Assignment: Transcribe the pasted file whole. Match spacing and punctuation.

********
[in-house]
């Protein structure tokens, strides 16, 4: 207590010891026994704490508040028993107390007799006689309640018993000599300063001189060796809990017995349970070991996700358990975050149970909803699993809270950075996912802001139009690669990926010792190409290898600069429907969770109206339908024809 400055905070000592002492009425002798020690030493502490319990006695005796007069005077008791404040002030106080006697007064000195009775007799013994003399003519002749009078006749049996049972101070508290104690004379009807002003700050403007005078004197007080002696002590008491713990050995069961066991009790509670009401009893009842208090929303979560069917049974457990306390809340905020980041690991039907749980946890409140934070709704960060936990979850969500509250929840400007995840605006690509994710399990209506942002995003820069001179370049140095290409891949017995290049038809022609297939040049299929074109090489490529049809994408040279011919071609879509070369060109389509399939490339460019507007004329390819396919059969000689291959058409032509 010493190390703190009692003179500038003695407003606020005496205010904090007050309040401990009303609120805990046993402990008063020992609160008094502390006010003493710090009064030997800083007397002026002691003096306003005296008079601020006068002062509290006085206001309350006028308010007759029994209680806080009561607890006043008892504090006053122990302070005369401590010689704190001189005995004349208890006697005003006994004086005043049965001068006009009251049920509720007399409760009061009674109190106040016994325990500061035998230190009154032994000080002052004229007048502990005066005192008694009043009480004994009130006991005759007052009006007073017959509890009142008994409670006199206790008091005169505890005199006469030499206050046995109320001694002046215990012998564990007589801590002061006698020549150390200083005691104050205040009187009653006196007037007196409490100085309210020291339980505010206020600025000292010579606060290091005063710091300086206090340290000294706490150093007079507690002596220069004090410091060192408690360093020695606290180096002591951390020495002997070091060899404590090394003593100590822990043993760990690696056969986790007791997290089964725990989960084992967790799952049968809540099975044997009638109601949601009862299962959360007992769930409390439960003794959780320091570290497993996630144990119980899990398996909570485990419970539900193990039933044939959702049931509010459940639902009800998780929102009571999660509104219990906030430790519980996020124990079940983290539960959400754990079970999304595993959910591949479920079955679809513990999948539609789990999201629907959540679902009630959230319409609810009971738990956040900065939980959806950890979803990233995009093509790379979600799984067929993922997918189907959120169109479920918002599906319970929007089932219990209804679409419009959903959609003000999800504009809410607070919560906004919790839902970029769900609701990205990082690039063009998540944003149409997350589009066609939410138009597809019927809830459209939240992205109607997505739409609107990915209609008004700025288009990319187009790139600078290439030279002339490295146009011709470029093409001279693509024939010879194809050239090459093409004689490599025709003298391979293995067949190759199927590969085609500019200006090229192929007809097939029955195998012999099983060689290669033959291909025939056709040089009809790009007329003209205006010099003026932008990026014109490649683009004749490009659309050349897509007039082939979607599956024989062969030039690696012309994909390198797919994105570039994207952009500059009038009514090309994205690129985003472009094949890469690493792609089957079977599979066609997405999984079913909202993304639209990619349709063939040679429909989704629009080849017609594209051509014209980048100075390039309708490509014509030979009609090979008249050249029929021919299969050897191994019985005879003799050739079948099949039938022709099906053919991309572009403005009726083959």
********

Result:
[in-house]
């Protein structure tokens, strides 16, 4: 207590010891026994704490508040028993107390007799006689309640018993000599300063001189060796809990017995349970070991996700358990975050149970909803699993809270950075996912802001139009690669990926010792190409290898600069429907969770109206339908024809 400055905070000592002492009425002798020690030493502490319990006695005796007069005077008791404040002030106080006697007064000195009775007799013994003399003519002749009078006749049996049972101070508290104690004379009807002003700050403007005078004197007080002696002590008491713990050995069961066991009790509670009401009893009842208090929303979560069917049974457990306390809340905020980041690991039907749980946890409140934070709704960060936990979850969500509250929840400007995840605006690509994710399990209506942002995003820069001179370049140095290409891949017995290049038809022609297939040049299929074109090489490529049809994408040279011919071609879509070369060109389509399939490339460019507007004329390819396919059969000689291959058409032509 010493190390703190009692003179500038003695407003606020005496205010904090007050309040401990009303609120805990046993402990008063020992609160008094502390006010003493710090009064030997800083007397002026002691003096306003005296008079601020006068002062509290006085206001309350006028308010007759029994209680806080009561607890006043008892504090006053122990302070005369401590010689704190001189005995004349208890006697005003006994004086005043049965001068006009009251049920509720007399409760009061009674109190106040016994325990500061035998230190009154032994000080002052004229007048502990005066005192008694009043009480004994009130006991005759007052009006007073017959509890009142008994409670006199206790008091005169505890005199006469030499206050046995109320001694002046215990012998564990007589801590002061006698020549150390200083005691104050205040009187009653006196007037007196409490100085309210020291339980505010206020600025000292010579606060290091005063710091300086206090340290000294706490150093007079507690002596220069004090410091060192408690360093020695606290180096002591951390020495002997070091060899404590090394003593100590822990043993760990690696056969986790007791997290089964725990989960084992967790799952049968809540099975044997009638109601949601009862299962959360007992769930409390439960003794959780320091570290497993996630144990119980899990398996909570485990419970539900193990039933044939959702049931509010459940639902009800998780929102009571999660509104219990906030430790519980996020124990079940983290539960959400754990079970999304595993959910591949479920079955679809513990999948539609789990999201629907959540679902009630959230319409609810009971738990956040900065939980959806950890979803990233995009093509790379979600799984067929993922997918189907959120169109479920918002599906319970929007089932219990209804679409419009959903959609003000999800504009809410607070919560906004919790839902970029769900609701990205990082690039063009998540944003149409997350589009066609939410138009597809019927809830459209939240992205109607997505739409609107990915209609008004700025288009990319187009790139600078290439030279002339490295146009011709470029093409001279693509024939010879194809050239090459093409004689490599025709003298391979293995067949190759199927590969085609500019200006090229192929007809097939029955195998012999099983060689290669033959291909025939056709040089009809790009007329003209205006010099003026932008990026014109490649683009004749490009659309050349897509007039082939979607599956024989062969030039690696012309994909390198797919994105570039994207952009500059009038009514090309994205690129985003472009094949890469690493792609089957079977599979066609997405999984079913909202993304639209990619349709063939040679429909989704629009080849017609594209051509014209980048100075390039309708490509014509030979009609090979008249050249029929021919299969050897191994019985005879003799050739079948099949039938022709099906053919991309572009403005009726083959």